Venomous Snakes of the Everglades

coral snake

A coral snake.

While there are twenty-seven known species of snake that live in the Everglades, fortunately, only four of them are actually venomous:

Also known as the water moccasin, cottonmouths are a type of pit viper found mostly in the Southeastern United States. They are the only semiaquatic viper species in the entire world, and they can typically be found in or around shallow lakes, streams, and marshes. Though cottonmouths do prefer freshwater environments, they have been spotted in the ocean and are considered to be extremely strong swimmers. Cottonmouths are relatively plain in appearance, usually almost entirely black or in varying shades of brown, tan, or olive, and are thick-bodied snakes that can reach lengths of up to six feet. Notoriously aggressive, adult cottonmouths are capable of inflicting bites that are extremely painful and potentially fatal.

Diamondback Rattlesnake
Diamondbacks are another type of venomous pit viper commonly found in the Southeastern United States. They are the largest type of rattlesnake in North America and the biggest of all venomous snakes, though only in mass, not in length, though they can reach over eight feet long. Diamondback rattlesnakes can be found near water at times and are excellent swimmers, but prefer forests, woodlands, and areas of wet prairie during dry periods. They have also been known to live underground at times, utilizing former burrows of gophers and gopher tortoises. Although diamondbacks can deliver fatal bites, they are not typically aggressive and will usually warn anyone who comes too close to them by rattling their anteriors.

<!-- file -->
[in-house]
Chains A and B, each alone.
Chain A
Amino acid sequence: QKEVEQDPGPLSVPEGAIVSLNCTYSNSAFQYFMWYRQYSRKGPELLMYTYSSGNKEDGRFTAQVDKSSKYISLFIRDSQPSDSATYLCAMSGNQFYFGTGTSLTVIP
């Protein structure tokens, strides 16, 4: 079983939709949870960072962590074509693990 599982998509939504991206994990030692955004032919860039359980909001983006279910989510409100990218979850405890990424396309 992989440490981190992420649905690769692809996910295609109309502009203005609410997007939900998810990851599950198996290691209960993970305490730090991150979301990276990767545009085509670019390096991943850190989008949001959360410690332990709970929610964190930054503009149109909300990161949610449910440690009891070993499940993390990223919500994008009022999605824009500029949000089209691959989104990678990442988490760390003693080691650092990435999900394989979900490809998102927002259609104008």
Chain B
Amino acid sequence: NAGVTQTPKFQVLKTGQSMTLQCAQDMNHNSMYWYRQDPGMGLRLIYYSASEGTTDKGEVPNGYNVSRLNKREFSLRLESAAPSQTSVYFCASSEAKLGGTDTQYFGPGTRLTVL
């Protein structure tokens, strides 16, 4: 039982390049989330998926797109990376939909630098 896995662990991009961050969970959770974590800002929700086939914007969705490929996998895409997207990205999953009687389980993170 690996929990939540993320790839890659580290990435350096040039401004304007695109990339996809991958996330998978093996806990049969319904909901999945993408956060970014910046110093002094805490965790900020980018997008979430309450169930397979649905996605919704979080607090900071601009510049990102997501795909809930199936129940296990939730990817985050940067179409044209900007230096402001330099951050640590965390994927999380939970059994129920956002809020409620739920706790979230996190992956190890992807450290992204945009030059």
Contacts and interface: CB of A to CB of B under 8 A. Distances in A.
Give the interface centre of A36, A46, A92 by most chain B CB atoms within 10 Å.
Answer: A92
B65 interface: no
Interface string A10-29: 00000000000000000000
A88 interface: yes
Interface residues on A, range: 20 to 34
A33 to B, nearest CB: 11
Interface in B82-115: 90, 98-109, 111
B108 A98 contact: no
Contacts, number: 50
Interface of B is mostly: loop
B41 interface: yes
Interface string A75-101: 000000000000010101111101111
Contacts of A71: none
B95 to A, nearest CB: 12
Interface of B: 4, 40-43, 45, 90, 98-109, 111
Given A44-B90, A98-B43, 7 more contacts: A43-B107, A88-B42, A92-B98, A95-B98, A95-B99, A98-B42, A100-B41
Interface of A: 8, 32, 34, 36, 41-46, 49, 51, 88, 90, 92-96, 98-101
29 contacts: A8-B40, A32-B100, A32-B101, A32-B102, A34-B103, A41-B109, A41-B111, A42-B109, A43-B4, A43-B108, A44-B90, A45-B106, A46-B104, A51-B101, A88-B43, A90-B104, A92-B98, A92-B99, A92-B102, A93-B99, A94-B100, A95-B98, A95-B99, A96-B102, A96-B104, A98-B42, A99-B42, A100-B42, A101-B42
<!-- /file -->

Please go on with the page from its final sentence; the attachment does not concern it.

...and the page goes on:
Dusky Pygmy Rattlesnake
Also commonly known as the Florida ground rattlesnake, dusky pygmy rattlesnakes are much smaller than diamondbacks, and often do not exceed two or three feet in length. This species can, however, be quite beautiful in appearance, with a series of black or brown round dorsal spots across their backs, and with whitish, flecked bellies. These small snakes can be feisty and quick to bite, and unlike their diamondback cousins, rarely give out any warnings by shaking their rattles. Fortunately, their fangs are small and deliver relatively low doses of venom with each bite, so while their bites are said to be severely painful, they very rarely are fatal, though small children and pets are at a greater risk.

Coral Snake
Don’t let their good looks fool you, because these beautiful and colorful snakes certainly pack a mean punch. Noted for their red, yellow, and black banded coloring, coral snakes can be particularly dangerous because they so closely resemble other non-venomous species of snake with banded patterns, such as the milk snake and the scarlet snake. Coral snakes are quite elusive and prefer to spend the majority of their time below ground or hiding beneath foliage. They are very shy and will always prefer flight over fight, and although they have one of the most potent venoms of all North American snakes, they account for less than 1% of all snake bites that occur each year. Unlike other venomous snakes, the bite of a coral snake is reportedly not very painful, but can cause death within a few short hours.

To observe these fascinating creatures in their natural environment and from a safe distance, head out into the Everglades on an airboat ride with Captain Mitch. Everglades tours are not only exciting for the whole family, but give you the perfect opportunity to safely view dangerous animals that you might not want to encounter otherwise.